Life and limb

On the heels of its success in Thailand, the Thai Industrialist Development Forum is helping poor amputees in other countries

Story And Pictures By Chompoo Trakullertsathien

During a short break in training, Woothiwong Toatong, the director of the Thai Industrialist Development Forum, talks with one of the amputees _ 50-year-old Yang Yong whose legs were amputated because of a train accident.

On October 29, Li Jing Guang's dream came true-to the sound of applause echoing in Huaxia Technical High School-as he gradually placed his feet upon the floor. He tried to balance himself and stand upright. Eventually, he did.

His first step brought smiles and delight to many people who witnessed this memorable event.

Overwhelmed, Li Jing Guang's grandfather and grandmother dashed to their grandson and burst into tears after waiting patiently for two days while he had practiced. Many approached the 14-year-old amputee and tapped gently on his shoulder as a way to boost his morale.

Other amputees, queuing up for their turn at walking, looked excited and hopeful.

Though learning how to walk is part of most every child's regular development, Li Jing Guang lost his legs-and his mother-in a train accident when he was two years old. All he has ever been able to do in the years since is move around on his knees.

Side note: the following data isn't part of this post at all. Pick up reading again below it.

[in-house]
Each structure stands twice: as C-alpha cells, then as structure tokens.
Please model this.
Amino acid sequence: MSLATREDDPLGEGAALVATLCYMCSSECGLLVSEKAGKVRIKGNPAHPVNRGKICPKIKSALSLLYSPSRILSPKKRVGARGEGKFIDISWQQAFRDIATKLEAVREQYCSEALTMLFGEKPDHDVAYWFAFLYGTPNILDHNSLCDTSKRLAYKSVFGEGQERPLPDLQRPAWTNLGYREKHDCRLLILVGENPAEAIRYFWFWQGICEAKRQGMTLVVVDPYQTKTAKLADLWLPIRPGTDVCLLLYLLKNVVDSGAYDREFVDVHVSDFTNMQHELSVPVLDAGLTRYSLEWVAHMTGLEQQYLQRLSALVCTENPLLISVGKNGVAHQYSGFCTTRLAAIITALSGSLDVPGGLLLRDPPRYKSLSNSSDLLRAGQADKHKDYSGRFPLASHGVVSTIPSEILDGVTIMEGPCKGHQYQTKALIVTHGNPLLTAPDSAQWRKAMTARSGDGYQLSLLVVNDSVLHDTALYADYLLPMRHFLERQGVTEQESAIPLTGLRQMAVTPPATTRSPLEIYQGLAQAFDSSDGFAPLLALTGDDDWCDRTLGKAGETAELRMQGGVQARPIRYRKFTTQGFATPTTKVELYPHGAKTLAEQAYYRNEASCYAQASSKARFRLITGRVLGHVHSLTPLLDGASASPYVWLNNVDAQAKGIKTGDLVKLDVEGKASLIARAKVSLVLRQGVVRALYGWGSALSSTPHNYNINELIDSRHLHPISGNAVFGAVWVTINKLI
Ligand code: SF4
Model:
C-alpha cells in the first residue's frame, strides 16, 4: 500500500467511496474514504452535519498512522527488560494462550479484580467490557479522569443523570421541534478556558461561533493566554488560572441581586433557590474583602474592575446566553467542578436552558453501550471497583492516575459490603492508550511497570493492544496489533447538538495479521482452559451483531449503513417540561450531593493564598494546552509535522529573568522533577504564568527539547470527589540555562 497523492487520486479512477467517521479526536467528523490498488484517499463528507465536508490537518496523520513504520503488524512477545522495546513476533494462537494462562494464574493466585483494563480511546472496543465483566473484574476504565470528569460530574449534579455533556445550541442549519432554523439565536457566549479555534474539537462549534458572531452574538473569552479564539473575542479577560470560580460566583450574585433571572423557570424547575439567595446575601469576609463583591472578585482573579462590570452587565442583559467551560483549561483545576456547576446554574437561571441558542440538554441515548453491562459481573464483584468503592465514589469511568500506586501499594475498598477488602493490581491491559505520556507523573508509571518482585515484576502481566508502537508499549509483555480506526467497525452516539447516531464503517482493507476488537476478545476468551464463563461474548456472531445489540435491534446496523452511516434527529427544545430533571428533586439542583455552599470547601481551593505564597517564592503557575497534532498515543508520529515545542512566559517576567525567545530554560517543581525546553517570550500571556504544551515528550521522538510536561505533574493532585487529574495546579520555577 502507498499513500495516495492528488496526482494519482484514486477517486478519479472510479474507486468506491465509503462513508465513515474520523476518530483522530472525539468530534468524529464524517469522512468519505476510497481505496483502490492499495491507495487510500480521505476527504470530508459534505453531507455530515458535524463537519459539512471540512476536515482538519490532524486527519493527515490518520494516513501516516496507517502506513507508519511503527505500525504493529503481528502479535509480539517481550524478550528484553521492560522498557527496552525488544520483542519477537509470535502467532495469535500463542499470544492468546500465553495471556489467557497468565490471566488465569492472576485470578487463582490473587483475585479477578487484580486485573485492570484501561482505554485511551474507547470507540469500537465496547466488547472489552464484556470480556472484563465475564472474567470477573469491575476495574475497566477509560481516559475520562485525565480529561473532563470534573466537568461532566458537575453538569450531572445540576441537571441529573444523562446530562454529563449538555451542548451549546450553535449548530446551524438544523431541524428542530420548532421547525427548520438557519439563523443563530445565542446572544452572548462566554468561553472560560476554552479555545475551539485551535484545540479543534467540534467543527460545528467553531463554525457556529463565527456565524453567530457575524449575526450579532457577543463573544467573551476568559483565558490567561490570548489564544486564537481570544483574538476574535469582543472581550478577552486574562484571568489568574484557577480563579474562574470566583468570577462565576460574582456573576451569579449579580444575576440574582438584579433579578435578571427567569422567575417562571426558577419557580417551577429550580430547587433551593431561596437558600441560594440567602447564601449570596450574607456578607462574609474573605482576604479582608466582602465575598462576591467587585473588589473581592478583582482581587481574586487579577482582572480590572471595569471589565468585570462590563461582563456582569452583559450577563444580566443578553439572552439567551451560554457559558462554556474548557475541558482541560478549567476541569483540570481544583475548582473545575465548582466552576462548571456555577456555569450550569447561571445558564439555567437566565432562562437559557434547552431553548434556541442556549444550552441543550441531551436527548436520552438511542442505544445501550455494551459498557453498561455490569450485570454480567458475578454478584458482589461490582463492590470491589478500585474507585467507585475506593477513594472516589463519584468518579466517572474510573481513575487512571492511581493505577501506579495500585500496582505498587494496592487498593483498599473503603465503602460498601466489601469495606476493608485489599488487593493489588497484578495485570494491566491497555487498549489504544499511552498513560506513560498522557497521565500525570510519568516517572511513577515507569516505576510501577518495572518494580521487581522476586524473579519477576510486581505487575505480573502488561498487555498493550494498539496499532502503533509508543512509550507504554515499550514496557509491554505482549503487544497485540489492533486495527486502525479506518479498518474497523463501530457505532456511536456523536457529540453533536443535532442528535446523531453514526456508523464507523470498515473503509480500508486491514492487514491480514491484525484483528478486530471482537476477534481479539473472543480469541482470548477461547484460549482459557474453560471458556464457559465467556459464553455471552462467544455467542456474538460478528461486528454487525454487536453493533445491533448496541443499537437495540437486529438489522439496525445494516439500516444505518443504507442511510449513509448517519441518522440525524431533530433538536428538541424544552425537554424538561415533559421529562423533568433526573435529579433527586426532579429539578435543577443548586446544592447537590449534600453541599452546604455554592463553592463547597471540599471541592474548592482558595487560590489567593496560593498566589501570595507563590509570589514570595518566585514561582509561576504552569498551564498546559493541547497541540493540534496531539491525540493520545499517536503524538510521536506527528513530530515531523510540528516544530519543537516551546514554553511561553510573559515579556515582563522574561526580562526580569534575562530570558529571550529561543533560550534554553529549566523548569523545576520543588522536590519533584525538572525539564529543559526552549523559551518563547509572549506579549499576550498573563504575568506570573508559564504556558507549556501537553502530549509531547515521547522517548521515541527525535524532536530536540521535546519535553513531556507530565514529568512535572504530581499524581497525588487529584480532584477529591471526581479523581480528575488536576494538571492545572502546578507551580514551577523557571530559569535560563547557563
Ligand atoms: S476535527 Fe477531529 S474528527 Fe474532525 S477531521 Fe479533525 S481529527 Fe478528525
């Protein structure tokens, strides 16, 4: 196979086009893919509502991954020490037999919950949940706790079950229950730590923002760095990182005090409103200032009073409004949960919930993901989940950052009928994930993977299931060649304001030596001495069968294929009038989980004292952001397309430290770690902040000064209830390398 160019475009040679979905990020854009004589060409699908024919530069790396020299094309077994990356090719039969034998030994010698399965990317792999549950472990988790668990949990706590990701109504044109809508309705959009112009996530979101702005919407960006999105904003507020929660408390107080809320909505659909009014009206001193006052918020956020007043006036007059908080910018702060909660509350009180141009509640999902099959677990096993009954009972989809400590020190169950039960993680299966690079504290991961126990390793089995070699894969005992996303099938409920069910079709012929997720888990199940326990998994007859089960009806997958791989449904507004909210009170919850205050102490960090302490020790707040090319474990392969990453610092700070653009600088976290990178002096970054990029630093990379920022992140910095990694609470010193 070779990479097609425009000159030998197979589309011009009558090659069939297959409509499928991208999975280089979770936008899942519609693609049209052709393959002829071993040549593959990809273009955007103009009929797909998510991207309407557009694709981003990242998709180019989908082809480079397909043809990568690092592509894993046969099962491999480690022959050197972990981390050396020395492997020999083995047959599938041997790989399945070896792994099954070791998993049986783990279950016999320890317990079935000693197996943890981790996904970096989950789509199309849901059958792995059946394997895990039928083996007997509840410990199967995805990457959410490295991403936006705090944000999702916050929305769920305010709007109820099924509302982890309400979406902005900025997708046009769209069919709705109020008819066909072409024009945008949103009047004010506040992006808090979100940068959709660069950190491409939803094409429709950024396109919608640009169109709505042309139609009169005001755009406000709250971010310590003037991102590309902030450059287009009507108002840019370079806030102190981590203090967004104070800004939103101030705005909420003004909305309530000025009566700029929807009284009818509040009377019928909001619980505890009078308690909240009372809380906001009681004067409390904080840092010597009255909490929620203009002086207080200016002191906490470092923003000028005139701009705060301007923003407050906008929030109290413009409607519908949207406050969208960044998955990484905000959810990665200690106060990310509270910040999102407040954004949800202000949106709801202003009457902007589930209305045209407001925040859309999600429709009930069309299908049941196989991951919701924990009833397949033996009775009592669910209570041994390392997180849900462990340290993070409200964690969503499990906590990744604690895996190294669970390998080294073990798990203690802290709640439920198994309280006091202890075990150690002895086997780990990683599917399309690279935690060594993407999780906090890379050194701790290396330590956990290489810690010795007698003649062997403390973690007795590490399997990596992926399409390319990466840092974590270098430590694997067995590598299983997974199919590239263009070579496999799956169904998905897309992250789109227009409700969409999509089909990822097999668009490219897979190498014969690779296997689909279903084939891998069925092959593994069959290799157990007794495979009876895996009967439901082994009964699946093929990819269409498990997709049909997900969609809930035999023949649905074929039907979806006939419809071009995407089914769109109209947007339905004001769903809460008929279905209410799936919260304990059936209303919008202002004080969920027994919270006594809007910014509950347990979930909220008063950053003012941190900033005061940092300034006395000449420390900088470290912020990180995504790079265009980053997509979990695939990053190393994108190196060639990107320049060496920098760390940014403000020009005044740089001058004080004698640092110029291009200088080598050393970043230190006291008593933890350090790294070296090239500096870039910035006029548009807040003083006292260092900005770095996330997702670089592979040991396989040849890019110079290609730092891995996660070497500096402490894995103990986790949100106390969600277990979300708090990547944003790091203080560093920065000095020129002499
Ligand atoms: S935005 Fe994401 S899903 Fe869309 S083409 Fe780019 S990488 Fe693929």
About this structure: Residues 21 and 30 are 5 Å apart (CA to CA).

'We were extremely anguished when we saw our grandson moving around. If possible, we would have given him our legs in order to ease his pain. But we couldn't. We also couldn't afford expensive artificial legs," said 60-year-old Ja La Shie, Li Jing Guang's grandmother, whose love for her grandson is evident.

Born into a poor family, prosthetic devices were out of the question. All that could be done to help the boy move around was provide pants with leather-reinforced knees. Still, long distances were out of the question.

His grandfather served as Li Jing Guang's "functional legs." It was a common scene for his Kunming neighbors to spot the 64-year-old Lee Yong Kuo carrying his 58-kilogramme grandson on his back.

"I carried him on my back when he went to school. The trip took about 20 minutes. Though it was exhaustion, I felt good to help him. It helped ease his distress. We felt so sorry that couldn't buy him prosthetics, but we always hoped we could someday."

Thanks to the Thai Industrialist Development Forum (TIDF), that hope became